It is advisable for anyone with a 2004-2006 RXP/RXT to replace the exhaust valves as a preventative measure, as well as replacing the ceramic supercharger washers with the late steel ones, and replacing the flywheel bolts with the newer stronger ones.

    Damn!.....I've got work to do. This is a very informative reply. Can't thank you enough. All I have been getting from other sights is...."just change them". Yeah, these ski's sits for long periods of time. Guess, I'll dive into each one around spring break

  5. #5
    jetskibum1's Avatar
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    Quote Originally Posted by Sea Dood View Post
    The exhaust valves on the 04-06 RXP/RXT engines have hollow, sodium filled stems just below the head of the valve. The problem is that the material they used for these valves is very brittle, and subject to a problem called corrosion microcracking.

    The exhaust systems on all of these watercraft contain water for cooling, so the stems of the exhaust valves get exposed to 100% humidity while storing. If you fog the engine really good every time you store the ski, then the fogging oil can help protect these stems from corrosion. But not many people take the time to really fog the engine good after riding, and truthfully, the typical way you fog the engine is to inject it into the throttle body and run it, so most of the oil doesnt actually make it to the exhaust as oil (more as smoke at that point). Consequently, the valve stem rusts, sets up microcracking of the stem, the stem cracks some more due to the stress of the valve closing and the head of the valve hitting the seat. Finally the head of the valve pops off and the engine goes catastrophic.

    Basically, your engine is a ticking time bomb, depending how your stored it, not how you ride it. It seems to happen more with engines that are not used very much, stored for longer periods, without proper fogging.

    In late 2006, they switched to solid stem valves made from a tougher, more corrosion resistant alloy.

    It is advisable for anyone with a 2004-2006 RXP/RXT to replace the exhaust valves as a preventative measure, as well as replacing the ceramic supercharger washers with the late steel ones, and replacing the flywheel bolts with the newer stronger ones.
    Well said!! Seadoo have failed to acknowledge this as a true issue down under in NZ and have frowned on us for offering preventative solutions to the owners of these craft. We will offer your description of the issue as evidence in our deffence of our position on the topic.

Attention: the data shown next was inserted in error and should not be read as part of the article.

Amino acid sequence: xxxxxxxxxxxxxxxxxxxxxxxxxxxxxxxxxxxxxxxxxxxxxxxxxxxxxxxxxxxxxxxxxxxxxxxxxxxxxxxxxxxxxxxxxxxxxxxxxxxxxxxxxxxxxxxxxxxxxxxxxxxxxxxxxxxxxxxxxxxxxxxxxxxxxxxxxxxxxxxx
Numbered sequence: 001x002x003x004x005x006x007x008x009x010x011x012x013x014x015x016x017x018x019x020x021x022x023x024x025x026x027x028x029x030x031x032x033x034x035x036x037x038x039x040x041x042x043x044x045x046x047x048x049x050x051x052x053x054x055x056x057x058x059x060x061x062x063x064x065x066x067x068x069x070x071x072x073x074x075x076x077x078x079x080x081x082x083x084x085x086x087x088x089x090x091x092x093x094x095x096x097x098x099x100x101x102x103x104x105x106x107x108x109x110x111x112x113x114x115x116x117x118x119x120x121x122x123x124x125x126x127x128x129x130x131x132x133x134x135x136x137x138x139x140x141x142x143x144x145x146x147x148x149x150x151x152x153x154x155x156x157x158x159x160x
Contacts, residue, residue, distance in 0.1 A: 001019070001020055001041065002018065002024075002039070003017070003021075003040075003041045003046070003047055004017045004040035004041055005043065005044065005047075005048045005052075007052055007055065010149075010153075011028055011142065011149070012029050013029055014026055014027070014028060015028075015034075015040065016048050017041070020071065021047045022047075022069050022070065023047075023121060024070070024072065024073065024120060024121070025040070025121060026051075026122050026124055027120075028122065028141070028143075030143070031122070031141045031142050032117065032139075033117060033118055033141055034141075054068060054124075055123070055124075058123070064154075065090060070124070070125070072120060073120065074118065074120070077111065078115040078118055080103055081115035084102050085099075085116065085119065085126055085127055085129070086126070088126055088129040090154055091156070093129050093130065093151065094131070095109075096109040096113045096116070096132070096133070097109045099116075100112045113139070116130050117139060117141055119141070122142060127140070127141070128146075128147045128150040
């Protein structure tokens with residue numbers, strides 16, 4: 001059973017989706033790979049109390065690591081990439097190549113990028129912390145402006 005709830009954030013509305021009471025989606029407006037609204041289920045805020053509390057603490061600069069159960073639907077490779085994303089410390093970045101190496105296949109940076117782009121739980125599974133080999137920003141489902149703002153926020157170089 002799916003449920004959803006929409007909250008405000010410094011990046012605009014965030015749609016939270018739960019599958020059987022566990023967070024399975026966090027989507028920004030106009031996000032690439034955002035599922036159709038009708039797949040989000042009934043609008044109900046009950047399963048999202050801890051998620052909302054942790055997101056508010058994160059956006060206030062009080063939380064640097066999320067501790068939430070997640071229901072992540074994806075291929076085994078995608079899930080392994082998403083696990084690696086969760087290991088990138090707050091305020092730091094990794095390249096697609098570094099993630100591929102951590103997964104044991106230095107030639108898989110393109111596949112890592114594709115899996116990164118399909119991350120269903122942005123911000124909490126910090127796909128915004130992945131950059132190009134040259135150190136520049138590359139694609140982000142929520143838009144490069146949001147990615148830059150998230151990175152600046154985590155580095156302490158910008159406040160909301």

6. #6
    Work Harder, Millions on Wellfare Depend On Us! ultramaxracing05's Avatar
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    I just replaced the bolts on my flywheel along with the valves, and I did the 08 oiler mod.(I HIGHLY RECOMMEND IT!) I have to say that the oiler mod is a MUST! this will ensure proper supercharger bearing lubrication and longevity of the clutch washers. I got tired of seing my s/c washers have lots of wear after just 10 hours when checking my slip, due to the 05 oiling system. The 08 oiling system injects oil directly onto the hollow supercharger shaft and gets the bearings and exits through the s/c washers.
    The previous models only shoot oil onto the gear and washers externally, but as you know on high rpms (42,000 s/c RPM) the oil will just bounce off.
    The banjo bolt already comes included with the oiler jet, no need to pay for an extra bolt. It comes as a kit.

  7. #7
    holleynut's Avatar
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    Quote Originally Posted by ultramaxracing05 View Post
    I just replaced the bolts on my flywheel along with the valves, and I did the 08 oiler mod.(I HIGHLY RECOMMEND IT!) I have to say that the oiler mod is a MUST! this will ensure proper supercharger bearing lubrication and longevity of the clutch washers. I got tired of seing my s/c washers have lots of wear after just 10 hours when checking my slip, due to the 05 oiling system. The 08 oiling system injects oil directly onto the hollow supercharger shaft and gets the bearings and exits through the s/c washers.
    The previous models only shoot oil onto the gear and washers externally, but as you know on high rpms (42,000 s/c RPM) the oil will just bounce off.
    The banjo bolt already comes included with the oiler jet, no need to pay for an extra bolt. It comes as a kit.